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Irish Independent
Irish Independent
Margaret Donnelly Twitter Email

Margaret Donnelly: Longer-term plan to respond to crises in the agriculture sector is more important than ever

Margaret Donnelly

The ink will hardly be dry on the Department of Agriculture’s latest assessment of Irish agriculture for its CAP plan, which identified the sector’s weakness of relying on ad hoc schemes to respond to crises, yet another ad hoc fodder scheme will be on the way.

The question that now faces our policymakers is whether there is any other option or will the sector lurch from crisis to crisis with no long-term plan that mitigates the situation?

There’s no question but with feed, fertiliser and contractor costs at record levels, there are concerns for supplies of fodder next winter.

Most farmers expected to be using less fertilisers in the coming years, but few anticipated the tap being turned off all of a sudden.

Farmers have been told not to panic, but that’s easy to say if you don’t have livestock to feed and not a lot of grass to feed them.

Whatever about the production of food this year, the mathematics of fodder availability is a simple supply and demand question. The more livestock you have, the more feed you need.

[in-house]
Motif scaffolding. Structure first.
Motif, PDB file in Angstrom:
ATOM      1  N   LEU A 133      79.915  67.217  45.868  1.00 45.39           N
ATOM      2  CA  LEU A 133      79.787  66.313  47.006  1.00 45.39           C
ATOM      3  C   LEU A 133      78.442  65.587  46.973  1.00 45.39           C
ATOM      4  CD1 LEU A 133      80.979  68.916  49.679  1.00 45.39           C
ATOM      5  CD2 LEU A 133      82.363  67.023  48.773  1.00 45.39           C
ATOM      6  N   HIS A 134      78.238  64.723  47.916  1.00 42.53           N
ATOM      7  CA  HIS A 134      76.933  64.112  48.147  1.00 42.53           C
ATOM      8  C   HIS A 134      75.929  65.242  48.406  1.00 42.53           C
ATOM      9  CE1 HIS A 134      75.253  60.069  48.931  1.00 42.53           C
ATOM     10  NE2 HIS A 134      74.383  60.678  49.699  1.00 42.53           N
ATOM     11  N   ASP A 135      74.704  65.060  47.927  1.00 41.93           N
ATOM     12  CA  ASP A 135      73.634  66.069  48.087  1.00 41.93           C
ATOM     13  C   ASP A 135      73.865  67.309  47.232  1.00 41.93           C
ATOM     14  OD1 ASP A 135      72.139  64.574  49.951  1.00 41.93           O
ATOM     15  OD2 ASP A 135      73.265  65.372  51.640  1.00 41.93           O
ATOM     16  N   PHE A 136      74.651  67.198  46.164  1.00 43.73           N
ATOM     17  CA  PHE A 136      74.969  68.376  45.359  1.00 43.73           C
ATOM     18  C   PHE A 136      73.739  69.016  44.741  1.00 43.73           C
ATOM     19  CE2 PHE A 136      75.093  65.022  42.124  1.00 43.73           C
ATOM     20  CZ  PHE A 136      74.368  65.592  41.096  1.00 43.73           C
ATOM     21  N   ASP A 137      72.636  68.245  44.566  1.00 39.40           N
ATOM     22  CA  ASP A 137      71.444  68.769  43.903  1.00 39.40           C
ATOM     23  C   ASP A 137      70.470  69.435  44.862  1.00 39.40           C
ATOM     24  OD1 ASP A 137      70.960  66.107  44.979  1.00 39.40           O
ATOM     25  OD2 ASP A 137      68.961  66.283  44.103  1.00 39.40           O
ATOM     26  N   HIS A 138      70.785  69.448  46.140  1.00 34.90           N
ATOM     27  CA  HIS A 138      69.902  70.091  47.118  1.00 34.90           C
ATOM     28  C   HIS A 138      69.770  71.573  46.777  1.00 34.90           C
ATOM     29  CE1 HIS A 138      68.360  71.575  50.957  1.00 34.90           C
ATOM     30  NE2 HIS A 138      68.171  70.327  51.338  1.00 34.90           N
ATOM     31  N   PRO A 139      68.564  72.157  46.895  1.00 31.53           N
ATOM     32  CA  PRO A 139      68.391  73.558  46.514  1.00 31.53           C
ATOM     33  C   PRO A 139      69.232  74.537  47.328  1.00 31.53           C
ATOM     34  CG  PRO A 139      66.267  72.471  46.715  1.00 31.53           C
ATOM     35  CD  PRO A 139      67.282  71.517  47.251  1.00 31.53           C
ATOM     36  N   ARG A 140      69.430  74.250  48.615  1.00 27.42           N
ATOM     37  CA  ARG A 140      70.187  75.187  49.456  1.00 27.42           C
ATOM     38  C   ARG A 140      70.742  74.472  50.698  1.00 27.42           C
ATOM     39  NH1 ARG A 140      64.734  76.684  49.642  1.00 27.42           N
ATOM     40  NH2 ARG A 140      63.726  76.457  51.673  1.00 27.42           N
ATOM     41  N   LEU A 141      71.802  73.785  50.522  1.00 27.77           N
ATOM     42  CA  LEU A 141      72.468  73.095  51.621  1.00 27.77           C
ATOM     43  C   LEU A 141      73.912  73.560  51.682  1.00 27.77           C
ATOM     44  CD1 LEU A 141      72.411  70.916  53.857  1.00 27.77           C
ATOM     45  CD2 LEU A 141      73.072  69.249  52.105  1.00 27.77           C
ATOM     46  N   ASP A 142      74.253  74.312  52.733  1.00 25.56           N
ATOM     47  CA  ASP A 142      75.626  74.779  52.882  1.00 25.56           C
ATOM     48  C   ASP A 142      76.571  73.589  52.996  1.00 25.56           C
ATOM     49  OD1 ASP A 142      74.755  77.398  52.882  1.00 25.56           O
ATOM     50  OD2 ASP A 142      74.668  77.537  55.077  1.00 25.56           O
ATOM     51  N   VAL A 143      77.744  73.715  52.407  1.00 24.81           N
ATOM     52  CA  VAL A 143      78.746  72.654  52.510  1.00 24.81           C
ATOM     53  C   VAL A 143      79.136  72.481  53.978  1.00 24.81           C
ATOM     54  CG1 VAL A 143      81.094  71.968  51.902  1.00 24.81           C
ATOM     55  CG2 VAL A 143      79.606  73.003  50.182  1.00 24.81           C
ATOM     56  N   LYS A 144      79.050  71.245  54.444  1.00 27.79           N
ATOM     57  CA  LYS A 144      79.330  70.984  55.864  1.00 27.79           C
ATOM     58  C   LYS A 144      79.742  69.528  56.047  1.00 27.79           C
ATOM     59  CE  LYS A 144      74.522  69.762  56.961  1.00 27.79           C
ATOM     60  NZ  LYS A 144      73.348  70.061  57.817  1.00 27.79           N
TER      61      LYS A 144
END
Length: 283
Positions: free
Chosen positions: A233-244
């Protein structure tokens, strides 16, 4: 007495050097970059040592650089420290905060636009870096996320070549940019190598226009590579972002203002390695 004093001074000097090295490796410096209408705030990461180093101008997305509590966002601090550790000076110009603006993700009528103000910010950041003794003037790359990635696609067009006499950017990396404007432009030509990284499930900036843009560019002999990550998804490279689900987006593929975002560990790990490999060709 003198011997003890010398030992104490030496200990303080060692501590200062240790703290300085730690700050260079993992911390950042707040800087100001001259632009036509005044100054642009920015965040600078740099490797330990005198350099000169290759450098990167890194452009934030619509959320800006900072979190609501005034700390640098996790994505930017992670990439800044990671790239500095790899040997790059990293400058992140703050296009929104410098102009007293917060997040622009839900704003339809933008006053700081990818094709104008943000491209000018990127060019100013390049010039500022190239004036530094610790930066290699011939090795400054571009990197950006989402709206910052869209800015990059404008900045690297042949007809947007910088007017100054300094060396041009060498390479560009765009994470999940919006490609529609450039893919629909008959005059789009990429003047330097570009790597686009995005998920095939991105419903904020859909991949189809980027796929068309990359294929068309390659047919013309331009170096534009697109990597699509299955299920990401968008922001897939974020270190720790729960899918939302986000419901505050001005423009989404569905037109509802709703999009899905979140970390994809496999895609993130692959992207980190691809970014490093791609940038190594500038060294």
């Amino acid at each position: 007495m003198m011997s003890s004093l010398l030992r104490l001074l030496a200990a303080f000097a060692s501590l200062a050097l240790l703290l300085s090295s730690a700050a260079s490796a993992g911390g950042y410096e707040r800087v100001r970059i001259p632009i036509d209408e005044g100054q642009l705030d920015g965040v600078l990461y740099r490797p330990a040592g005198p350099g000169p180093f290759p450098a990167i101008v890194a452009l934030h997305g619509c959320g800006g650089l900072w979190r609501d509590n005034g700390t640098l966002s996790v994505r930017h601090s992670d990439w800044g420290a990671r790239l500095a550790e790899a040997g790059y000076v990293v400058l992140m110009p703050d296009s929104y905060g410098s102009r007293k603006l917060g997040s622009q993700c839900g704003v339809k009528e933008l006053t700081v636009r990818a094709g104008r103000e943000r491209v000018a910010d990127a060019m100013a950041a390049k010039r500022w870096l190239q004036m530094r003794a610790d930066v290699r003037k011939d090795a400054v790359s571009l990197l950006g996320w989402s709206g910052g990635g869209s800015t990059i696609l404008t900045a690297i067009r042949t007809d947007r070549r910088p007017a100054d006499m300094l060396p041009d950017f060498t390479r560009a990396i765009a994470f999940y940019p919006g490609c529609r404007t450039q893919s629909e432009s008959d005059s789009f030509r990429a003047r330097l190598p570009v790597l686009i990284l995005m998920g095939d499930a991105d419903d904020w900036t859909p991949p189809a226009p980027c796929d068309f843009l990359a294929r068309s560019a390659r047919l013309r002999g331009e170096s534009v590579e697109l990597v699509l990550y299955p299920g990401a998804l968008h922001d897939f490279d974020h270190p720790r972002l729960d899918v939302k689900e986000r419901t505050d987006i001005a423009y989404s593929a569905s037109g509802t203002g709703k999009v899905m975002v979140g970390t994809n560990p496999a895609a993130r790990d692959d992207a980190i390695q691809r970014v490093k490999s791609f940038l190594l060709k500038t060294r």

However, at this point it looks like policymakers are going to steer clear of looking at the demand side and are unlikely to ask farmers to cut livestock numbers anytime soon.

It will be interesting to see if farmers themselves decide to take action, with many farmers saying it’s not a year to be overstocked.

On the supply side, the Government’s options are not straightforward with indications suggesting that support for tillage farmers will be the priority in an effort to encourage those with the expertise to grow more crops, which makes a lot of sense.

But whatever the Government decides to do, this crisis has underlined the need for a longer-term plan for responding to weather-related and other crises in the sector.

The announcement of improved emergency fodder schemes or supports for the sector is not sustainable.

In fact, the war in Ukraine has the potential to also rapidly turn into a bad news story for Irish agriculture with its impact on supplies of key commodities, highlighting what some might say is an unsustainable situation in Irish agriculture.

The reality as farmers know is more complex, but that doesn’t mean there isn’t need for some change.

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